Although my parents knew each other back in Scotland and my father had returned to "The Old Country" on a couple of visits (including with the Canadian Army during WW1), I imagine their courtship must have been primarily by letter.
    Nevertheless, the year 1924 saw my mother leave her hometown of Kelty in Fifeshire and begin her long trip to Canada.  Landing in Montreal, she was met by my father and they were married in that city on Sept. 7th, 1924.  Thus, the honeymoon consisted of a long train trip across Canada.  Destination: North Bend BC, where a new home was awaiting her.  More about the new North Bend house in my next " Recollection"

("North Bend Recollections" will appear in one Issue every month)
Outcome of Teen Survey

    It is well known that to plan anything successfully for youth, they really need to be involved in the planning and organization of the  project.  Then, we know that they are getting something they really want, and we know that they will attend the event.  With the intent of pursuing government funds, specifically earmarked for youth programs, a questionnaire went to the  Boston Bar School.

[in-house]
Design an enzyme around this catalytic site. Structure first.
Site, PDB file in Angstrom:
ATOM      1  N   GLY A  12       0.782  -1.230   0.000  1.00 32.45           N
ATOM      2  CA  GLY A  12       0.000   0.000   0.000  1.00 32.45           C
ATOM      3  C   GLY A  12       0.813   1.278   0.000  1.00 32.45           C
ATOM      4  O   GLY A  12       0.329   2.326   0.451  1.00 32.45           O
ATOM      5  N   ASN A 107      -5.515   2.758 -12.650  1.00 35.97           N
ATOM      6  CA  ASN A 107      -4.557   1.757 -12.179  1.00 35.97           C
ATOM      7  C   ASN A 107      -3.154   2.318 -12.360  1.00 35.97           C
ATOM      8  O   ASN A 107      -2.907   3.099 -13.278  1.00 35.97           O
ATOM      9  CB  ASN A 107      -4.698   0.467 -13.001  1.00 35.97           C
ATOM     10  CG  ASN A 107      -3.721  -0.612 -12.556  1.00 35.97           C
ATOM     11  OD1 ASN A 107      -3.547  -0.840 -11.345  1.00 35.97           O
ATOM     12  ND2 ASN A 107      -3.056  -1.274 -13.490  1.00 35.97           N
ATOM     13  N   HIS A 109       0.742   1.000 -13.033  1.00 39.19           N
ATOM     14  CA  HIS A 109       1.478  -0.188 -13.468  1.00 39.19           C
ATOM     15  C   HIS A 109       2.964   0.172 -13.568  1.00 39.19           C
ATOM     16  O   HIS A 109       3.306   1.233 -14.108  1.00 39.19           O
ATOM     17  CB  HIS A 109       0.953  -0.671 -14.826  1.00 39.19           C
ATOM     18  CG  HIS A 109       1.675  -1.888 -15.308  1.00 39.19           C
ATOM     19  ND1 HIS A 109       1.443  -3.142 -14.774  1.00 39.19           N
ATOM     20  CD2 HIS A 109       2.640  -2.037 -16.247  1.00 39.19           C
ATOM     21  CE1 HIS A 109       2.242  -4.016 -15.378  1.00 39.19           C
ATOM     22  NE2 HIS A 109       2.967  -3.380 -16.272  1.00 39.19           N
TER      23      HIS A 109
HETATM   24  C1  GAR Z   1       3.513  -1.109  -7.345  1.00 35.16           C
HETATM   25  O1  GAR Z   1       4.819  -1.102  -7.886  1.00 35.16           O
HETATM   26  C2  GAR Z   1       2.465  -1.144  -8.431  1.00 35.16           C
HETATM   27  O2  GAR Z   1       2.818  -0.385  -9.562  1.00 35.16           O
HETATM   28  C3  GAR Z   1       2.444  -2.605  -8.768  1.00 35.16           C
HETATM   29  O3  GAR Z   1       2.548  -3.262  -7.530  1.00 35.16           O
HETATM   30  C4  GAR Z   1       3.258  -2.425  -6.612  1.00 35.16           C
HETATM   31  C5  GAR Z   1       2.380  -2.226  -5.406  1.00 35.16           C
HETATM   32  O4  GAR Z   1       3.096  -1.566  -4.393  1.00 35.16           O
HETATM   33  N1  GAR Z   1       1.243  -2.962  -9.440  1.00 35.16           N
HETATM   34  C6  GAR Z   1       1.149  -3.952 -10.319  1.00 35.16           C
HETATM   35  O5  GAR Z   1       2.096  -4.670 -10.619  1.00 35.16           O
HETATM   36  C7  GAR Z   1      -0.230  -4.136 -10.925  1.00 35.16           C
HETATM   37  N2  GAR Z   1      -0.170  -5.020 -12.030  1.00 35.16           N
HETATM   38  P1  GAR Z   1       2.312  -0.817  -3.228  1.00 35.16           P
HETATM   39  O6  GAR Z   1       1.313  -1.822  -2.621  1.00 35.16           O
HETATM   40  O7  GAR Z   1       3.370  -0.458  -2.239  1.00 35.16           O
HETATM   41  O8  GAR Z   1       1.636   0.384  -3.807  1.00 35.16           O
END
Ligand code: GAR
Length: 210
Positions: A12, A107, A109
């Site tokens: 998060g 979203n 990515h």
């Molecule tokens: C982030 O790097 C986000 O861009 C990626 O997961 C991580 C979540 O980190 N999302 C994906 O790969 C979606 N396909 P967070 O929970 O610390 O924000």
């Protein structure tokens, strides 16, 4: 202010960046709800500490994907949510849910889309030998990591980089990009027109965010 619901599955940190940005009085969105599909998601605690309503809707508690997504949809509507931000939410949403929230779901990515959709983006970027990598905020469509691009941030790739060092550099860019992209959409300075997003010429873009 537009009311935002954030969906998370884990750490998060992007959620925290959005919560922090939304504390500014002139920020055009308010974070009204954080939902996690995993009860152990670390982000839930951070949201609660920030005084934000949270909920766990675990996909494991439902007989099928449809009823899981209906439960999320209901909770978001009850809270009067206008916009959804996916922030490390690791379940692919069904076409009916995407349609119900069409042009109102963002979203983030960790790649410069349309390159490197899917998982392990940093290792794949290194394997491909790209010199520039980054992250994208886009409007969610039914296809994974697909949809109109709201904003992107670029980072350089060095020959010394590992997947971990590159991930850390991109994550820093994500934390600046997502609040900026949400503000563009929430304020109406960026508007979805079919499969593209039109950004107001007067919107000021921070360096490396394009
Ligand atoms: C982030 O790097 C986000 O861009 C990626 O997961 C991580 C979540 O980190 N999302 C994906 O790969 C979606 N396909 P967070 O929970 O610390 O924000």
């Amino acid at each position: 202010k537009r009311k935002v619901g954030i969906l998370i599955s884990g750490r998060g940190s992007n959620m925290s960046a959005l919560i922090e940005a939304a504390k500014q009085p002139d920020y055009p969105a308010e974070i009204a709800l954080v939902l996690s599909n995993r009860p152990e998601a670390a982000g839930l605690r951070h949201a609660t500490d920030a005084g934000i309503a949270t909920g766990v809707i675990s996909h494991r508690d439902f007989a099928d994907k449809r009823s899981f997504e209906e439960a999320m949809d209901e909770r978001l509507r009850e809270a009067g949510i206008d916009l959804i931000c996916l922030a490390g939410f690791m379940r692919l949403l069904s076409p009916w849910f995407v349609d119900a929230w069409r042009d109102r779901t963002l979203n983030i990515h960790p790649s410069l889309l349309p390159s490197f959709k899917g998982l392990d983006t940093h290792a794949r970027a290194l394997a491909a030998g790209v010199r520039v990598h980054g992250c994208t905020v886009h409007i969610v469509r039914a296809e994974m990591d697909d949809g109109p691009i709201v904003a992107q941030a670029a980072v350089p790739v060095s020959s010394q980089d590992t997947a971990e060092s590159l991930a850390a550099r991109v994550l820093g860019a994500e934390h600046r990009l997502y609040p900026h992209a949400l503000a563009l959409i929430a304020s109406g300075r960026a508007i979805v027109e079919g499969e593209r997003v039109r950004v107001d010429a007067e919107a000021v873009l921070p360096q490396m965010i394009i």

These were the questions;
   What activities/programs/clubs would you like to see become available in our community?
   What special event would you like to see occur?
   Would you be interested in a specific visitor to our town? ( i.e. guest speaker, a poet, an entertainer, an author)if yes, who would you like to see?
   Would you like to be a volunteer in the  planning, organizing, running of a youth event or program?   

This is what we learned , our kids want SPORTS!  SPORTS! SPORTS! , even the students who asked for Dairy Queens and shopping malls wanted sports.  How about a Sports Day? or a BMX bike track? or maybe even a sports figure to pay us a visit.  If you have ideas or would like to help organize an event, volunteer your time, or put together a team, give The Fraser Canyon Express a call, 604-867-9094.  Parents, you won't have to do it alone, The Enhancement Society will help find funding and lots of kids said they would happy to help, this is your chance to give the kids a gift they will truly appreciate.